In order to do this I have to make my materials. Now the stuff I use isn’t the sophisticated latex and bought stage blood. I make everything myself out of kitchen ingredients. Technically speaking you couldeat this stuff, but I often use out of date ingredients. And eating lots of the fake flesh would probably make you sick.

One of these days though, I’m going to make eating my severed finger my party trick.

I honestly can’t remember where I got this recipe from. I think the recipe came with the casualty simulation kit I acquired. But anyway, here are the recipes for fake flesh and fake blood.



  • 2 cups Self Raising Flour
  • 1 cup salt
  • 4 teaspoons Cream of Tartar
  • 2 Cups water
  • 2 tablespoons cooking oil
  • Liquid foundation to match skin colour (optional)

Add all ingredients to a pan, stir and cook until mixture forms a soft dough ball

This is a basic salt dough essentially. And although I primarily use it to create wounds I do also plan on cooking up a few batches of different colours and have my own (incredibly cheap) playdough.



  • 4 dessertspoons Cornflour (or custard powder)
  • 2 cups water
  • Few drops red food colouring
  • Few drops yellow food colouring
  • Teaspoon instant coffee granules
  • 1 tablespoon golden syrup (optional)
Make paste of flour and a little water and blend in the rest of the water. Add the rest of the ingredients. Slowly bring to a simmer and stir constantly until mixture thickens and darkens.

Add water to thin.

I prefer a nice dark red colour, achieved by adding the coffee. The consistency I prefer is almost like jelly, which is really good for filling in the wounds. It can always be watered down to provide a stream of blood.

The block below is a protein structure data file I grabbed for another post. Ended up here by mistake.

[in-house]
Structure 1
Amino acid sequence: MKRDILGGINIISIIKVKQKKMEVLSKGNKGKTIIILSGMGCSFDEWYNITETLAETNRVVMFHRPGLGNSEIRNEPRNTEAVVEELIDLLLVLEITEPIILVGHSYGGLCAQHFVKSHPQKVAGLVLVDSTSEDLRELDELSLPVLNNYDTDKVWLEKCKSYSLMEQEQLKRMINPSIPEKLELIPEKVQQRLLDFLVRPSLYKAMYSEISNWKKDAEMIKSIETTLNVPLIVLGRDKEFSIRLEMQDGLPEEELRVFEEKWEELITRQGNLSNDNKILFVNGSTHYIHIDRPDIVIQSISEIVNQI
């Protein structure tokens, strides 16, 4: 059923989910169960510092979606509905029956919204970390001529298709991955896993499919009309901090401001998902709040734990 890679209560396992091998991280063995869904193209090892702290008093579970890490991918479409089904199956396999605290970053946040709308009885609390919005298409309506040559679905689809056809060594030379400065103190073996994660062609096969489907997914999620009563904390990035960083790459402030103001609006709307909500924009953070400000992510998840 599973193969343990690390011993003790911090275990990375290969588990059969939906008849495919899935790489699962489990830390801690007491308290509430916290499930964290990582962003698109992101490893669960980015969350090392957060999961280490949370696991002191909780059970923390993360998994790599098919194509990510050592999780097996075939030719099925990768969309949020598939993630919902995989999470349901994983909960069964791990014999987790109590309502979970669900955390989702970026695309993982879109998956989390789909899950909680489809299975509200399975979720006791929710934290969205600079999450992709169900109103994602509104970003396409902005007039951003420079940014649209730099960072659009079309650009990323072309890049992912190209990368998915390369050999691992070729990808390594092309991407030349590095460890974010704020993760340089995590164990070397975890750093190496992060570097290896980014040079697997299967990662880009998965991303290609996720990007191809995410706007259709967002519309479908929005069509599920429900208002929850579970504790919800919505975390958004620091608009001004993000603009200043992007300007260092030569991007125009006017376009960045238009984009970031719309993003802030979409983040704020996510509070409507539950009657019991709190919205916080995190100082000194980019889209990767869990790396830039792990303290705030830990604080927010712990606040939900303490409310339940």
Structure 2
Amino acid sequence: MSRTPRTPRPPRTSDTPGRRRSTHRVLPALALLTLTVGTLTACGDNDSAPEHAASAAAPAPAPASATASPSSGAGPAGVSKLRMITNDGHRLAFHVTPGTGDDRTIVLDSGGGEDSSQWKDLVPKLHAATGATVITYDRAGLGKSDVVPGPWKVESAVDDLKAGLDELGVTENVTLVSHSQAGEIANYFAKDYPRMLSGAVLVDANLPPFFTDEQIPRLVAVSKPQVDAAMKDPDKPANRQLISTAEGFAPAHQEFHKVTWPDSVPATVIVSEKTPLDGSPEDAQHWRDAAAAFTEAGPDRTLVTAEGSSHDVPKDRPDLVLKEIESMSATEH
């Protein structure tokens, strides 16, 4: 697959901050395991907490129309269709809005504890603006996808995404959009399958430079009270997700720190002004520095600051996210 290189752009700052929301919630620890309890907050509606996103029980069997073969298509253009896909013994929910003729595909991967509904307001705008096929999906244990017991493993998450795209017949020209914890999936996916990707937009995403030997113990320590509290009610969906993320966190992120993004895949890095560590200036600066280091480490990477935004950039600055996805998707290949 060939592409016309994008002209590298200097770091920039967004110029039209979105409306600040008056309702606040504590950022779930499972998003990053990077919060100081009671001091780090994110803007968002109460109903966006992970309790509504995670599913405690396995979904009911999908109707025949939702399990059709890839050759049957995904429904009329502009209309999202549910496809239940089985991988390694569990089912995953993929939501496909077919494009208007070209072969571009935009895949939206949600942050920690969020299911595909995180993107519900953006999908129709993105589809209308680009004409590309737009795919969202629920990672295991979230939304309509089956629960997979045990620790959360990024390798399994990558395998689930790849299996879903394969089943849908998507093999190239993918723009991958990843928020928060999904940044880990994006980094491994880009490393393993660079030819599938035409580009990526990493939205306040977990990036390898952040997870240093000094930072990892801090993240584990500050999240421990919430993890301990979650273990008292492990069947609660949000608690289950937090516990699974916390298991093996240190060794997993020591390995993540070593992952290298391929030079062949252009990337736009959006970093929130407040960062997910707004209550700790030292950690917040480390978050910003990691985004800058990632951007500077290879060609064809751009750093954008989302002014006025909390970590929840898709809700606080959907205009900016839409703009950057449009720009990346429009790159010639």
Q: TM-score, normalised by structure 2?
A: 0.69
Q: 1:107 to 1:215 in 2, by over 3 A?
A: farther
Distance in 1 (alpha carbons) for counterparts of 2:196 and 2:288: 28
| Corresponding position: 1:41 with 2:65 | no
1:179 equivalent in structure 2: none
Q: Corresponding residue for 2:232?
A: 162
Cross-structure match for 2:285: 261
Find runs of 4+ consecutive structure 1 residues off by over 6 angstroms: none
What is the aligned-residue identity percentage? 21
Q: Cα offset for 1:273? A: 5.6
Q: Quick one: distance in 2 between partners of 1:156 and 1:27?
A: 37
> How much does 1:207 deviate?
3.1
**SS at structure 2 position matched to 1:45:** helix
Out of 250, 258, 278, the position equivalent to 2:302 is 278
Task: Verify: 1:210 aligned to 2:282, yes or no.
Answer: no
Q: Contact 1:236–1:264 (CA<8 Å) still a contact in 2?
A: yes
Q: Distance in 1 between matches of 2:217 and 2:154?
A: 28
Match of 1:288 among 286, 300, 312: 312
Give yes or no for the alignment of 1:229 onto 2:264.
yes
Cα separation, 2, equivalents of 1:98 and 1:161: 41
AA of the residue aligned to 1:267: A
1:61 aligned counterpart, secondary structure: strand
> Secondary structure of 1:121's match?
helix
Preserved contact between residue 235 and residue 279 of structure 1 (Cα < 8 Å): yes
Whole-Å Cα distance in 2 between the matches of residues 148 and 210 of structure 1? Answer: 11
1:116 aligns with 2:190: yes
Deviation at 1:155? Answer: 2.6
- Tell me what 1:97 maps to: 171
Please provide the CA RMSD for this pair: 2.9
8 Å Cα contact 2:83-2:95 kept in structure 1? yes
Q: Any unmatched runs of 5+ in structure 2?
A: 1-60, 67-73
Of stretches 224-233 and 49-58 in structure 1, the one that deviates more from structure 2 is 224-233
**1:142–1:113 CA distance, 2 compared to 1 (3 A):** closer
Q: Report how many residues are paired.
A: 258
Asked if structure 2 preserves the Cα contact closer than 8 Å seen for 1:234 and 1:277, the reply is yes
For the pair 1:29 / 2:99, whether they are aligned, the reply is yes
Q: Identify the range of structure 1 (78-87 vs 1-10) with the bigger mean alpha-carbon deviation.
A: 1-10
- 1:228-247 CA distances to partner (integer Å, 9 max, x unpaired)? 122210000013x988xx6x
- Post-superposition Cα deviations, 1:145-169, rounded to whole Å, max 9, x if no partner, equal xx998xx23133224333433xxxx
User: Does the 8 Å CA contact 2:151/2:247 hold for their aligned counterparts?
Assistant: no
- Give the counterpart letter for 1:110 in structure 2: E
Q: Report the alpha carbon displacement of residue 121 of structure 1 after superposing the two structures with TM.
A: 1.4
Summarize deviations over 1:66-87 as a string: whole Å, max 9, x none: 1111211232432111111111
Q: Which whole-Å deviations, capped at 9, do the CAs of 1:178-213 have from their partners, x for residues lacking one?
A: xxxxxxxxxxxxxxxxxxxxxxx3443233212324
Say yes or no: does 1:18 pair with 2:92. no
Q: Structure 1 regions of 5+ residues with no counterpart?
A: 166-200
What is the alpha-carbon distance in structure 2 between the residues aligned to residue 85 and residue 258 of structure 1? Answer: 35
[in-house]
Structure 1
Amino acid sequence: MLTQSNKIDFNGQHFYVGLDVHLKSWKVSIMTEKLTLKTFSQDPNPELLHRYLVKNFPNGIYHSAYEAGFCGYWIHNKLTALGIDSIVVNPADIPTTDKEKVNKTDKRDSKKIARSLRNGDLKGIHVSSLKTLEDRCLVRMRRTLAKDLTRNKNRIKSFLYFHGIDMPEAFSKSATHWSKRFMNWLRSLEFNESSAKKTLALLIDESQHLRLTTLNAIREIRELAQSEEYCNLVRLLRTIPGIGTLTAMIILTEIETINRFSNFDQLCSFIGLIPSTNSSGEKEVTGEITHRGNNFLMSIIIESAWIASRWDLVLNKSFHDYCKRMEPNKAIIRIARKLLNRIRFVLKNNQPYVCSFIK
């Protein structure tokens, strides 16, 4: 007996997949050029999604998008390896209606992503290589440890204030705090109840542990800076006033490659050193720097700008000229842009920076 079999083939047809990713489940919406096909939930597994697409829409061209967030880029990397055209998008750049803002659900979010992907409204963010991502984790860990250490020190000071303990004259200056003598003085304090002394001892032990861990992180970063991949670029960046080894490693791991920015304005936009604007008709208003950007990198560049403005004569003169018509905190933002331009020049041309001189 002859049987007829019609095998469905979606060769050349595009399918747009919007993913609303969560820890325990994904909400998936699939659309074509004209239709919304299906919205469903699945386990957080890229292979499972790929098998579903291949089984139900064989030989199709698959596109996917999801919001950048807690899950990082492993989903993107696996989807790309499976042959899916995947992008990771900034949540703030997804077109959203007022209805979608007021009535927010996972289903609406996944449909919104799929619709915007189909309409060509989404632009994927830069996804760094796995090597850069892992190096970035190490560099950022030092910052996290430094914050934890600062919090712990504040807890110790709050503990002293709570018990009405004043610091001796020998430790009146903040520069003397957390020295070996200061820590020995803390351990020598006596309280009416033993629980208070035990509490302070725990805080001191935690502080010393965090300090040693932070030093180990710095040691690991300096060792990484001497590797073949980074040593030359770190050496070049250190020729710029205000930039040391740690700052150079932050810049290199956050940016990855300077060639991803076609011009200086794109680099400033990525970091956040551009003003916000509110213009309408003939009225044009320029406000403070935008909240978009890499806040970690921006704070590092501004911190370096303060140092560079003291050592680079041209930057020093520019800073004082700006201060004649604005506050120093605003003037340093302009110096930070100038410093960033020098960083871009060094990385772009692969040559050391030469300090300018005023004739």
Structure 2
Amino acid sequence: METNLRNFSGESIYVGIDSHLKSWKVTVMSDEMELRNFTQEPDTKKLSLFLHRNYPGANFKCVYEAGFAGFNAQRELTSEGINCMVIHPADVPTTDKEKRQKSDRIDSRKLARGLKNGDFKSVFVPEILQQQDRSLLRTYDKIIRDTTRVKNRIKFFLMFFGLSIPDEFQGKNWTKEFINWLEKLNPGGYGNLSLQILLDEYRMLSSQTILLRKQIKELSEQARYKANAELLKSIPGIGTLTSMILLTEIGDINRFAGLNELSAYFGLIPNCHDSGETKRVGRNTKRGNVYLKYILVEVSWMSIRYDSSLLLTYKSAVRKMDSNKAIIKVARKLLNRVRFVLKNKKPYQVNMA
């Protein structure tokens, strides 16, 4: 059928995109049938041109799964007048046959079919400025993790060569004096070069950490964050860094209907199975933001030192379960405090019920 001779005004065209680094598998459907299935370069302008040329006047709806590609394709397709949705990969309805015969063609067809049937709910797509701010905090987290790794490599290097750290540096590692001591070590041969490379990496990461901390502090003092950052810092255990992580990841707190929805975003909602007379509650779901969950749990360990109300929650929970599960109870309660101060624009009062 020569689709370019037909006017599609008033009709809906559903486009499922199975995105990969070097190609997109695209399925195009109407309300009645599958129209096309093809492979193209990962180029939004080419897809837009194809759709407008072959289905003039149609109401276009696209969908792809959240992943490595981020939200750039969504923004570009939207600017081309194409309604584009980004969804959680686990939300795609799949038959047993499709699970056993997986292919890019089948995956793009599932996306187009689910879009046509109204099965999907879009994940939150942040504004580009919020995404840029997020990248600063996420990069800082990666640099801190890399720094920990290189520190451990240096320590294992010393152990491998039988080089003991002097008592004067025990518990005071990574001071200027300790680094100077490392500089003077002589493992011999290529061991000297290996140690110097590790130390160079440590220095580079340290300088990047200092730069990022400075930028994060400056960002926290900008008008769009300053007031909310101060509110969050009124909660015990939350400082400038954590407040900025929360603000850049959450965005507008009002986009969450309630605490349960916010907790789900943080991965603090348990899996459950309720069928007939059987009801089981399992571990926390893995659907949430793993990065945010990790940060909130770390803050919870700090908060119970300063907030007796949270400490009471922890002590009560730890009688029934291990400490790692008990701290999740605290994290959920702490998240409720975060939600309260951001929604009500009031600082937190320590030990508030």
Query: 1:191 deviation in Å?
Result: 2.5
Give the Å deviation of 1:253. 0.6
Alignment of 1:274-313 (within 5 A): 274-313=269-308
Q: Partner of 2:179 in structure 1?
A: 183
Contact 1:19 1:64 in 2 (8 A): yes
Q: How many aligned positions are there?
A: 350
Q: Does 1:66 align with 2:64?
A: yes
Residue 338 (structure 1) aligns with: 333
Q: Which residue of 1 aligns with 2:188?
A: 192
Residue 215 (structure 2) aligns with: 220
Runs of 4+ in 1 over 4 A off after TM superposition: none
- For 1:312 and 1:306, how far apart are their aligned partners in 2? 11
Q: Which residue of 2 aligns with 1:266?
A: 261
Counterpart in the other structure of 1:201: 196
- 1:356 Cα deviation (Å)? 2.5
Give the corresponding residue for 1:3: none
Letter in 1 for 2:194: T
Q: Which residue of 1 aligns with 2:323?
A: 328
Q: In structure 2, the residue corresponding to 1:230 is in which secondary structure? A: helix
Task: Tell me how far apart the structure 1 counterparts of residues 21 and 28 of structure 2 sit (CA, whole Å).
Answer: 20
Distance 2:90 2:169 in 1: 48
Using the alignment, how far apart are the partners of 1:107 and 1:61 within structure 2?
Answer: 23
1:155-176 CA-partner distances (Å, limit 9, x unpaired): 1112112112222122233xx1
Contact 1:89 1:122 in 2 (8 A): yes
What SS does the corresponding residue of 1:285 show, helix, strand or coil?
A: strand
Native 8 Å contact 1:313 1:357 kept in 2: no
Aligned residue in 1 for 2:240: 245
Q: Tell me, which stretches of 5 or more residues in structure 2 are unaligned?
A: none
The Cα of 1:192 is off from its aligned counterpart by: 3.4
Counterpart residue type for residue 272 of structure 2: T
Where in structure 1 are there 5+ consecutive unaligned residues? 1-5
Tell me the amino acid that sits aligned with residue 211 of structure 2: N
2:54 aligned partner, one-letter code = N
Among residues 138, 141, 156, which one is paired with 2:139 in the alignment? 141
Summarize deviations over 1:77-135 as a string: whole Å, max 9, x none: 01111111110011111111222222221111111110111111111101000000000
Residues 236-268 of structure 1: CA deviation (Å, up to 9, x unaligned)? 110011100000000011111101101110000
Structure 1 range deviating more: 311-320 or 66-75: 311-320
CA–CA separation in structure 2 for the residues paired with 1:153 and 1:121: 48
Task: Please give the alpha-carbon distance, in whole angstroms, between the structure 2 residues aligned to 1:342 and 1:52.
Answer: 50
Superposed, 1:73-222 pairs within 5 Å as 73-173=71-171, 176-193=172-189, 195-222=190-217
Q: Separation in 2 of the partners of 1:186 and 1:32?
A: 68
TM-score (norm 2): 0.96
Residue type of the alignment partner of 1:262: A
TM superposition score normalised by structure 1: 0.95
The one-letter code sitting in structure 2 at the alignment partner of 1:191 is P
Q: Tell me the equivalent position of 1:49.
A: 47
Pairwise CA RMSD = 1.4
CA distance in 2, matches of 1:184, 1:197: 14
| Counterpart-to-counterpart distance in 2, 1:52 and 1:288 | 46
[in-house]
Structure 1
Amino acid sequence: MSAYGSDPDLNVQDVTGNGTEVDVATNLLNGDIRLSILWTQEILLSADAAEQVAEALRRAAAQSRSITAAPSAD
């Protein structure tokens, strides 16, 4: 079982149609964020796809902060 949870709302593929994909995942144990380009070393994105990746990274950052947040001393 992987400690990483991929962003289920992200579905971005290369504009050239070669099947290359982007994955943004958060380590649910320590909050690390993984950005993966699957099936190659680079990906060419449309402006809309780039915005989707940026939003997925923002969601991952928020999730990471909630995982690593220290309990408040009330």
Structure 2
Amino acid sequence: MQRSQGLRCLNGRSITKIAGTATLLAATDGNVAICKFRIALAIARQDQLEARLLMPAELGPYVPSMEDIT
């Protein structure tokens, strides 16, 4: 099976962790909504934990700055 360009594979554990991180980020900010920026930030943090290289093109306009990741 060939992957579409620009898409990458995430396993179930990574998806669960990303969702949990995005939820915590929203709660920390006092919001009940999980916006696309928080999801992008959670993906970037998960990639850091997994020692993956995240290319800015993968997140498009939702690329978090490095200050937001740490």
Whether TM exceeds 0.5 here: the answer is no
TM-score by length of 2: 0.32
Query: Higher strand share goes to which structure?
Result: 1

When I have my materials I use them to put together a few things like this;

Happy Cooking.

Green Food

Originally published at Chuck-It Cook 27 July 2010

My diet recently has been extremely green. I’ve been experimenting with green smoothies, after hearing so much about them on various food blogs. The first one was utterly delicious, the second one slightly less so. For the second on there was more green than other ingredients and I guess I need to strike the balance.

Green smoothies are ridiculously easy to make. Add fruit and milk/yoghurt to a blender as you normally would for a smoothie and then add in a couple of handfuls of some tender greens. I used baby spinach both times but I’m told you can also use arugula, parsley and even carrot greens.

The next green recipe I’ve been cooking up is something I dubbed Swamp Soup. It started out life as a way to use up some leftover kale and carrot from Sunday dinner, and turned into something utterly delicious that I’d definitely cook from scratch. So without further ado, I present you with the recipe;

Swamp Soup


  • 1 medium onion 
  • Curly Kale (about half a cup) 
  • 1 Carrot (I had about 1/4cup leftover cooked carrots)